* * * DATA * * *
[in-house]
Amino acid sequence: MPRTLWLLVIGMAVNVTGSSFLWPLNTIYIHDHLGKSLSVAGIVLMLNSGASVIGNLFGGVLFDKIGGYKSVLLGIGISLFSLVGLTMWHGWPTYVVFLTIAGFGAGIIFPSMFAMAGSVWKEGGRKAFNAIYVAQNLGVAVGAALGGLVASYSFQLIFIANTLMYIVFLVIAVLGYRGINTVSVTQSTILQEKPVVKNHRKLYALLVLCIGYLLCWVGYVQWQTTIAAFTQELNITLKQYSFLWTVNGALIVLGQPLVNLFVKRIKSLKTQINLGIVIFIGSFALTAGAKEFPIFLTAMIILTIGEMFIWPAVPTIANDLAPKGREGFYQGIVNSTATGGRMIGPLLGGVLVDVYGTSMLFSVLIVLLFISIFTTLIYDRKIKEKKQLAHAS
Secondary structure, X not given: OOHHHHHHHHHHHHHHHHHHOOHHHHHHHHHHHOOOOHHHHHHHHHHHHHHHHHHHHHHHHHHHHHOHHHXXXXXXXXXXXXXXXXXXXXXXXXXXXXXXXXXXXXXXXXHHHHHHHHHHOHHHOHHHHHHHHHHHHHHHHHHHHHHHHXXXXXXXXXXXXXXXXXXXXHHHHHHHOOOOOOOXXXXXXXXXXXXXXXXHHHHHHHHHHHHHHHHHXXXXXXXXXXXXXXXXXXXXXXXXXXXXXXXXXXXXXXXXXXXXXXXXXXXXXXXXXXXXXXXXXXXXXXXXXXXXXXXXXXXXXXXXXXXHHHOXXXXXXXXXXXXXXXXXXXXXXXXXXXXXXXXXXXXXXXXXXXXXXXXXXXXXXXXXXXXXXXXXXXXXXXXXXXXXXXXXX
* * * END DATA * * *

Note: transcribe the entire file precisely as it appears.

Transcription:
[in-house]
Amino acid sequence: MPRTLWLLVIGMAVNVTGSSFLWPLNTIYIHDHLGKSLSVAGIVLMLNSGASVIGNLFGGVLFDKIGGYKSVLLGIGISLFSLVGLTMWHGWPTYVVFLTIAGFGAGIIFPSMFAMAGSVWKEGGRKAFNAIYVAQNLGVAVGAALGGLVASYSFQLIFIANTLMYIVFLVIAVLGYRGINTVSVTQSTILQEKPVVKNHRKLYALLVLCIGYLLCWVGYVQWQTTIAAFTQELNITLKQYSFLWTVNGALIVLGQPLVNLFVKRIKSLKTQINLGIVIFIGSFALTAGAKEFPIFLTAMIILTIGEMFIWPAVPTIANDLAPKGREGFYQGIVNSTATGGRMIGPLLGGVLVDVYGTSMLFSVLIVLLFISIFTTLIYDRKIKEKKQLAHAS
Secondary structure, X not given: OOHHHHHHHHHHHHHHHHHHOOHHHHHHHHHHHOOOOHHHHHHHHHHHHHHHHHHHHHHHHHHHHHOHHHXXXXXXXXXXXXXXXXXXXXXXXXXXXXXXXXXXXXXXXXHHHHHHHHHHOHHHOHHHHHHHHHHHHHHHHHHHHHHHHXXXXXXXXXXXXXXXXXXXXHHHHHHHOOOOOOOXXXXXXXXXXXXXXXXHHHHHHHHHHHHHHHHHXXXXXXXXXXXXXXXXXXXXXXXXXXXXXXXXXXXXXXXXXXXXXXXXXXXXXXXXXXXXXXXXXXXXXXXXXXXXXXXXXXXXXXXXXXXHHHOXXXXXXXXXXXXXXXXXXXXXXXXXXXXXXXXXXXXXXXXXXXXXXXXXXXXXXXXXXXXXXXXXXXXXXXXXXXXXXXXXX